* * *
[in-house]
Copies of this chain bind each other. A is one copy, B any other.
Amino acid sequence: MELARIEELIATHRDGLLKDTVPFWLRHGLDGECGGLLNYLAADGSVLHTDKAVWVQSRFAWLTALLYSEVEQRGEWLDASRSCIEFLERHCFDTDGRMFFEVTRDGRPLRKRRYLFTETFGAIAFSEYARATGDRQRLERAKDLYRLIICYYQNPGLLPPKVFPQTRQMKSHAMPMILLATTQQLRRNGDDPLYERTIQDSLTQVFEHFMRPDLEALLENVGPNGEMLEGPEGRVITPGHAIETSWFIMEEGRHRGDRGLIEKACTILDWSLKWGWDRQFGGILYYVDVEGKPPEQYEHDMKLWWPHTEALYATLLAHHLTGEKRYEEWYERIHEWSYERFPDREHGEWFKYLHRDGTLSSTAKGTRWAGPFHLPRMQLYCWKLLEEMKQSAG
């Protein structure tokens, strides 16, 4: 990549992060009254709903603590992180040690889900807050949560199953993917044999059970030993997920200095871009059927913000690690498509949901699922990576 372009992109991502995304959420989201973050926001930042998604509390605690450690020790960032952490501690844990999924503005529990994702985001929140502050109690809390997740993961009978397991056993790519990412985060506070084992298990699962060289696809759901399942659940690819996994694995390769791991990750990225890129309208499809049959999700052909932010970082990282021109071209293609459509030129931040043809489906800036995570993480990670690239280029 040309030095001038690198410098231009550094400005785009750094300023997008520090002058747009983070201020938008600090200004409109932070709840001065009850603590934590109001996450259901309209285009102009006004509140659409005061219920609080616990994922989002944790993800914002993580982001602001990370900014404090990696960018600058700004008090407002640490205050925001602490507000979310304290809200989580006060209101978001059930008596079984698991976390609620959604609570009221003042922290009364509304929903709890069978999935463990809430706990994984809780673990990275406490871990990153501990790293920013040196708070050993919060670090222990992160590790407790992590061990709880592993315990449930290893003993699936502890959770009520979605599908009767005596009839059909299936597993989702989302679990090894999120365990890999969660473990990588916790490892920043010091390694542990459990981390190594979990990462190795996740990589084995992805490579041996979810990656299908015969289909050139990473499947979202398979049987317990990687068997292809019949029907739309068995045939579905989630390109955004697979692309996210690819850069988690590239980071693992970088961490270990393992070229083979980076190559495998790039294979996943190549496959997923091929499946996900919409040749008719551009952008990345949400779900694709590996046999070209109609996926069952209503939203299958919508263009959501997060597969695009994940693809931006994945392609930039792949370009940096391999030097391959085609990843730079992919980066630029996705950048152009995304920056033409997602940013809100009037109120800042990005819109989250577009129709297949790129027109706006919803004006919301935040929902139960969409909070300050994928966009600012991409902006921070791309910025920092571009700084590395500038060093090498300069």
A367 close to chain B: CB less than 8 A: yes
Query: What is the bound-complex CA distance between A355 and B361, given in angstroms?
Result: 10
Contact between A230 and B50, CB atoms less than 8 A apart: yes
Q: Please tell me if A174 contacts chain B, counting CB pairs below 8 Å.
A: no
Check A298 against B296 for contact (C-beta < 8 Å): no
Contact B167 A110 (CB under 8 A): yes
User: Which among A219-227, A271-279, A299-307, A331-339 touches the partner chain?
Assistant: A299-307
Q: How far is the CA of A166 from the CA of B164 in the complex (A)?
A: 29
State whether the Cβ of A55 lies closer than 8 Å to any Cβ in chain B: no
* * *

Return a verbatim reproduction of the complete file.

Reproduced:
[in-house]
Copies of this chain bind each other. A is one copy, B any other.
Amino acid sequence: MELARIEELIATHRDGLLKDTVPFWLRHGLDGECGGLLNYLAADGSVLHTDKAVWVQSRFAWLTALLYSEVEQRGEWLDASRSCIEFLERHCFDTDGRMFFEVTRDGRPLRKRRYLFTETFGAIAFSEYARATGDRQRLERAKDLYRLIICYYQNPGLLPPKVFPQTRQMKSHAMPMILLATTQQLRRNGDDPLYERTIQDSLTQVFEHFMRPDLEALLENVGPNGEMLEGPEGRVITPGHAIETSWFIMEEGRHRGDRGLIEKACTILDWSLKWGWDRQFGGILYYVDVEGKPPEQYEHDMKLWWPHTEALYATLLAHHLTGEKRYEEWYERIHEWSYERFPDREHGEWFKYLHRDGTLSSTAKGTRWAGPFHLPRMQLYCWKLLEEMKQSAG
């Protein structure tokens, strides 16, 4: 990549992060009254709903603590992180040690889900807050949560199953993917044999059970030993997920200095871009059927913000690690498509949901699922990576 372009992109991502995304959420989201973050926001930042998604509390605690450690020790960032952490501690844990999924503005529990994702985001929140502050109690809390997740993961009978397991056993790519990412985060506070084992298990699962060289696809759901399942659940690819996994694995390769791991990750990225890129309208499809049959999700052909932010970082990282021109071209293609459509030129931040043809489906800036995570993480990670690239280029 040309030095001038690198410098231009550094400005785009750094300023997008520090002058747009983070201020938008600090200004409109932070709840001065009850603590934590109001996450259901309209285009102009006004509140659409005061219920609080616990994922989002944790993800914002993580982001602001990370900014404090990696960018600058700004008090407002640490205050925001602490507000979310304290809200989580006060209101978001059930008596079984698991976390609620959604609570009221003042922290009364509304929903709890069978999935463990809430706990994984809780673990990275406490871990990153501990790293920013040196708070050993919060670090222990992160590790407790992590061990709880592993315990449930290893003993699936502890959770009520979605599908009767005596009839059909299936597993989702989302679990090894999120365990890999969660473990990588916790490892920043010091390694542990459990981390190594979990990462190795996740990589084995992805490579041996979810990656299908015969289909050139990473499947979202398979049987317990990687068997292809019949029907739309068995045939579905989630390109955004697979692309996210690819850069988690590239980071693992970088961490270990393992070229083979980076190559495998790039294979996943190549496959997923091929499946996900919409040749008719551009952008990345949400779900694709590996046999070209109609996926069952209503939203299958919508263009959501997060597969695009994940693809931006994945392609930039792949370009940096391999030097391959085609990843730079992919980066630029996705950048152009995304920056033409997602940013809100009037109120800042990005819109989250577009129709297949790129027109706006919803004006919301935040929902139960969409909070300050994928966009600012991409902006921070791309910025920092571009700084590395500038060093090498300069």
A367 close to chain B: CB less than 8 A: yes
Query: What is the bound-complex CA distance between A355 and B361, given in angstroms?
Result: 10
Contact between A230 and B50, CB atoms less than 8 A apart: yes
Q: Please tell me if A174 contacts chain B, counting CB pairs below 8 Å.
A: no
Check A298 against B296 for contact (C-beta < 8 Å): no
Contact B167 A110 (CB under 8 A): yes
User: Which among A219-227, A271-279, A299-307, A331-339 touches the partner chain?
Assistant: A299-307
Q: How far is the CA of A166 from the CA of B164 in the complex (A)?
A: 29
State whether the Cβ of A55 lies closer than 8 Å to any Cβ in chain B: no